The game can be bought in a pack together with a motion plus controller for around £45, or seperately for around £25. With a motion plus controller available for £18 it might be worthwhile buying both items individually, or better still find it second hand like I did, getting the pack for £33!
In summing up, the big issue for me is the constant need to resync the motion plus controller. The instructions recommend you resync it by holding it still for 2 seconds whilst pointing it at the motion bar sensor near your TV....I really wish I had 2 seconds to spare in between racing around trying to return the ball!
I'm hopeful that games programmers can really use the motion plus add-on to better effect in the future after they've had some time to get used to it....as this game could have been really special. As it is, I'd say a very good start, a worthy purchase for the right price and very much looking forward to some 2 player battles over the coming festive weeks!
I recently bought the EA Sports Grand Slam tennis, together with the Remote Plus Accessory. I had become somewhat addicted to the tennis game on the Wii Sports game package and wanted a new challenge. The game retails for around £25, or with the Motion Plus Accessory, for £45. The Motion Plus Accessory can be found for £16 so it may be an idea to buy the two separately.
Grand Slam tennis enables you to play the Australian Open, the French Open, Wimbledon and the US Open, progressing through exhibition matches where you can gain new skills and unlocking new bits of kit. The remote plays quite well, mimicking the topspin and backspin actions you would normally make. You also have the ability to make lob shots and drop shots. Most aspects of the game can be set by you, including how many games in a set and how many sets in a match. Once you have set up your character, the game records your progress and records your calories burnt. It is very easy to spend over an hour on this game and you notice the exertion.
You also have the ability to become a player, for example John McEnroe and play Bjorn Borg in a one off match. Or just be yourself and see how you fare.
You can choose to manually move the player using the thumb toggle on the nunchuck, or allow that game to move your character for you. Moving your character using your thumb and hitting the ball using your remote is a bit like patting your head whilst rubbing your tummy and only recommended for advanced players. The automated player, however, has a bit of a tendency to run to the ball and then turn away or trip over their shoe-laces. I find this annoying, but I guess if the automated player was perfect there would be no reason to control him manually. The character also only has two victory and two defeat gestures which is noticeable during the duration of a game.
Pat Cash does the voice over commentary, but I had to switch the chap off as I couldn't take another "Hi, Pat Cash here" for every match, even when I was playing Pat Cash! Now I just have the crowds and the odd "Quiet please" from the umpire.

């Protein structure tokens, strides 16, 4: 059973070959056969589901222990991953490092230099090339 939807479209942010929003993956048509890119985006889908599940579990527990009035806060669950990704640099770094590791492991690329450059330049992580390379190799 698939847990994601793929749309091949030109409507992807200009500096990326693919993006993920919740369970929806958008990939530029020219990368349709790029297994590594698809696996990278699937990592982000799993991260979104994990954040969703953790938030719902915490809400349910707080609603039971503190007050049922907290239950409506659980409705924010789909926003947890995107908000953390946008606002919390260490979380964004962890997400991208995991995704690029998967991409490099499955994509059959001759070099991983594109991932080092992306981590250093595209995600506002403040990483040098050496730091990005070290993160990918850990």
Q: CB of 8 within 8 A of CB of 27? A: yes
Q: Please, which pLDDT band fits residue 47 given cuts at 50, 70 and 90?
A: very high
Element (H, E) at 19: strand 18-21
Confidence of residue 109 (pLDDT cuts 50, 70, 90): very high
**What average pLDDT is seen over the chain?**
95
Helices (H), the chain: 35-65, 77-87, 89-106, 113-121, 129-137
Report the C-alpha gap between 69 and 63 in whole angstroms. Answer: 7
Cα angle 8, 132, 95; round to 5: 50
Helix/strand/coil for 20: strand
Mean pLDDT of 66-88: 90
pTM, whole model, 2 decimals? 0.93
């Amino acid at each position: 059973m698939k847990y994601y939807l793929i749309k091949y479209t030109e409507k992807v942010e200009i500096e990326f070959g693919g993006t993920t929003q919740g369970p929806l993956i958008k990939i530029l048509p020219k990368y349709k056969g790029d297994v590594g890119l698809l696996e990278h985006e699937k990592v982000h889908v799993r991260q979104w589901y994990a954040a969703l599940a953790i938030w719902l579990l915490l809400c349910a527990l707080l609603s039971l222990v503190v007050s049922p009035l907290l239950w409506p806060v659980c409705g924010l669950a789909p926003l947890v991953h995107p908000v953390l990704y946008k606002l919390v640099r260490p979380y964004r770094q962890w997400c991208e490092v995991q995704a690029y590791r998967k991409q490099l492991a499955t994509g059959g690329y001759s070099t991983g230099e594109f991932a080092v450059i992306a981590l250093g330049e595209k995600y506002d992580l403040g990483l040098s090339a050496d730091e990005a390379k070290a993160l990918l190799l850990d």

I have found the game easy to learn, but still have a way to go before I can regularly place the ball where I want to and move my character on my own. The game has more strong than weak points and overall it's a lot of fun.
Tennis is one of those games the Wii was created for allowing you to bound around the living room, flapping at invisible balls, it's a great idea for basic fitness as well as before you know it you've played two sets against Venus Williams or been battered for 3 sets by Rafa Nadal. Well this new offering from EA sports intends to make you fitter than ever and even allows you to move beyond just hitting the ball to applying backspin, topspin and really bamboozling opponents with your Murray-esque variations.
So whats the game about and how does it play?
The game without the motionplus, platys quite a lot like Wii tennis, you can simply platy allowing the computer to direct you allowing you to hit the ball, or plug in the nunchuk and use this to move your player to a position to return the ball, I prefer allowing the Wii ai direct me as it gives me more time to jump around the living room and not have to concentrate on moving my player as well as hitting the ball.
With Motionplus you can pull off a whole new set of moves, it's good to see your shots hit the net and wonder why rather than constantly hitting endless decent groundstroke's, it helps you develop your technique, through error comes some level of development and with the motion plus you'll take hours to understand the tiny difference between success and failure but the practice makes victory much sweeter.
I have to say when you pull off a topspin backhand down the line or a beautifully timed shot using the motion plus there is a great level of satisfaction, but it can be too sensitive and at times you think you've played a great shot but it goes out, it's a fine line and at times feels like playing real tennis whilst at others it feels like a computer game with dodgy controls.